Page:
“Every baby is different,” says Kathleen G. Auerbach, PhD, coauthor of Breastfeeding and Human Lactation, a textbook for healthcare providers. “Toddlers nurse in a variety of patterns, as do newborns. This is obvious to mothers who have nursed more than one baby.”
A study of women who practiced child-led weaning in the US showed the average weaning age to be two and a half to three years. Researchers also said that extended breastfeeding has documented benefits and that health practitioners should support mothers who choose child-led weaning.
The Mother’s Perspective
Marti Grahl, a 32-year-old mother of three from Hagerstown, Maryland, found nursing her toddler to have many practical benefits. After weaning her first child, now six, at around five months, Grahl committed herself to breastfeeding longer with her second daughter, now two, although she took that commitment a step at a time. First she committed to six months of breastfeeding, then 12 months. After a year, the months just began ticking by.
Rachel, her two year old, still nurses frequently, even though Grahl is pregnant with her third child. Grahl finds that extended breastfeeding has provided options for comfort that she did not have with Emilee, her first daughter. From a practical standpoint, she had more to offer Rachel.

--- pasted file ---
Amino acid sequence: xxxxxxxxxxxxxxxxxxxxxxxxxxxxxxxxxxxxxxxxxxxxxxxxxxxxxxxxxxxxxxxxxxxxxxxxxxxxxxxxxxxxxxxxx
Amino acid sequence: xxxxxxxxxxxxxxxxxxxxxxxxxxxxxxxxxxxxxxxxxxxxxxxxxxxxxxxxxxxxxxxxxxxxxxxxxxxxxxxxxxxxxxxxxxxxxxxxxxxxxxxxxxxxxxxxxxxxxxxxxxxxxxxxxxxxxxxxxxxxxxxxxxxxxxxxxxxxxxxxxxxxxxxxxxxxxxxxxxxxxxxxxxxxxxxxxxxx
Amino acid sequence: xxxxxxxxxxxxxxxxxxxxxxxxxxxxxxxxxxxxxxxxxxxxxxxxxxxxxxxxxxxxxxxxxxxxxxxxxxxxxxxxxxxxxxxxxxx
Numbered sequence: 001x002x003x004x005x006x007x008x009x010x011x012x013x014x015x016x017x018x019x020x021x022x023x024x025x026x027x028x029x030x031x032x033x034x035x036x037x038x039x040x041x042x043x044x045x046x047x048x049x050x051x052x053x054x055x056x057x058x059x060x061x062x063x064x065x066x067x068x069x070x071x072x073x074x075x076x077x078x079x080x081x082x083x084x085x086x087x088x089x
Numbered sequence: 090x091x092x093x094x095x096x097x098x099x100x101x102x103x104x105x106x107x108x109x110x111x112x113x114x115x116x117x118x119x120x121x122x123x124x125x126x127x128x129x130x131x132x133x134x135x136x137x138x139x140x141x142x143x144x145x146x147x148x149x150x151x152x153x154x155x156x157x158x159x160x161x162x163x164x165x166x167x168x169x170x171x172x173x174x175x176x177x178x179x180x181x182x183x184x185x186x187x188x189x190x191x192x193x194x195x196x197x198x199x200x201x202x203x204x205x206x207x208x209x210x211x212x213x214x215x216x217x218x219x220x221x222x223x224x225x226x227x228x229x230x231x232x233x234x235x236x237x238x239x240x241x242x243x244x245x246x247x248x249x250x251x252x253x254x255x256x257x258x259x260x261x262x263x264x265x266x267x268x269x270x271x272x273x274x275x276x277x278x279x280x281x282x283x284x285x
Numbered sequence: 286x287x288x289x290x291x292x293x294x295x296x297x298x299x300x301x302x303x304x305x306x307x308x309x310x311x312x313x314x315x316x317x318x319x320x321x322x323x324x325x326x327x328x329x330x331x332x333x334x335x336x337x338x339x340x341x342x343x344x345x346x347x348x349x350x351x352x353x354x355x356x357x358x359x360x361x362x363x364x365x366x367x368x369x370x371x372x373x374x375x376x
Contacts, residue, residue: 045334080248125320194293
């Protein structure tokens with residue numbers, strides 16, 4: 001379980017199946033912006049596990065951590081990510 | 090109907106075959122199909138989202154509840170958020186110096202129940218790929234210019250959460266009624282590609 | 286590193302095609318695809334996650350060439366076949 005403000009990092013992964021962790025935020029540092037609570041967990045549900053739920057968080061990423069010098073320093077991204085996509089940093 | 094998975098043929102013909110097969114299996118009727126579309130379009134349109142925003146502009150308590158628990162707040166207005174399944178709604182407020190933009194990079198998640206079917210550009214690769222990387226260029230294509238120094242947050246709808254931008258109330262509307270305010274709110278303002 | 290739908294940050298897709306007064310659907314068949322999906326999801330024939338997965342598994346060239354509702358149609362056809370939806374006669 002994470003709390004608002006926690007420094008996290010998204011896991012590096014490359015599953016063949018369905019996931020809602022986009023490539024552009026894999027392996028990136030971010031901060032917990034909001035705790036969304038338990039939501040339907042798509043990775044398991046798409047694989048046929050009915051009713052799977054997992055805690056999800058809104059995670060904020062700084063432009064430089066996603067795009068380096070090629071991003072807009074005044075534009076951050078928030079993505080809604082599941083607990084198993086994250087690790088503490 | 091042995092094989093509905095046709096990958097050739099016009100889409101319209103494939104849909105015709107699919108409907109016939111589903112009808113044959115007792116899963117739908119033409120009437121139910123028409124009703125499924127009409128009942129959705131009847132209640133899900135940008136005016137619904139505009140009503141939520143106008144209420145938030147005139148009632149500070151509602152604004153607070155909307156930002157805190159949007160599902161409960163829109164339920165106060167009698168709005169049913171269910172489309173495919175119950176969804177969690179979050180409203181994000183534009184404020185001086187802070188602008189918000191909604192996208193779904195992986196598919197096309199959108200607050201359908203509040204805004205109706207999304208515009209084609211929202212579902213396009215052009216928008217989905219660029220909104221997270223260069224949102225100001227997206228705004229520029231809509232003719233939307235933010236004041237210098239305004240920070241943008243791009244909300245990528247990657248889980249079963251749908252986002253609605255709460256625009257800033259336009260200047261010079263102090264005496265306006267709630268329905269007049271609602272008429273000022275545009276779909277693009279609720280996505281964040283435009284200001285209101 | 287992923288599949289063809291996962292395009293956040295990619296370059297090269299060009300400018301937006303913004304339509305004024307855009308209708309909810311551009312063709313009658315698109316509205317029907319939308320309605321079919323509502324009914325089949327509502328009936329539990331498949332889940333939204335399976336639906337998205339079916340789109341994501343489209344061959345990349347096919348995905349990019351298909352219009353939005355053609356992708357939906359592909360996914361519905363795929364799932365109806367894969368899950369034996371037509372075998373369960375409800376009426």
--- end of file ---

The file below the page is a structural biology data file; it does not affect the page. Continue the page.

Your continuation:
“It’s very soothing for both of us,” Grahl says. “With Rachel, it’s much easier to find the right solution than with Emilee. Rachel is so much more at peace with herself than Emilee was at her age.”
Dr. William Sears, an internationally renowned pediatrician and author of The Baby Book and more than 20 other childrearing books, says that the mother who nurses a toddler often has Grahl’s experience. Sears has seen thousands of breastfeeding couples in his more than 25 years of pediatric practice. He says that mothers of nursing toddlers find themselves looking at life from the child’s point of view more often, searching for solutions to typical toddler problems in a way that the child can relate to. The mother will be more apt to support the child. “The main difference in nursing a toddler is discipline,” he says. “A nursing mom will get behind her toddler. Suppose the child spills [something]. A nursing mother will see things through the child’s eyes.”
Kateri Rein, a 29-year-old expectant mother of a two year old from Richmond, Virginia, found other practical reasons for nursing her toddler. Since her daughter, Caroline, suffered from food allergies, it only made sense to keep her on breastmilk as long as possible, Rein says. By doing so, she kept Caroline’s rashes to a minimum. Caroline thrived despite not going strong on solids until she was 18 months old.
Rachel Cash, a 25-year-old mother of two from Willits, California, finds that nursing her 14 month old was extra special after weaning her three year old at six months. “I decided to do things differently with my second,” she says. “I love the feeling that I get when we are together. It is something nobody in this world can give her. When she is next to me, I know that she is safe, and nothing will or can happen to her.”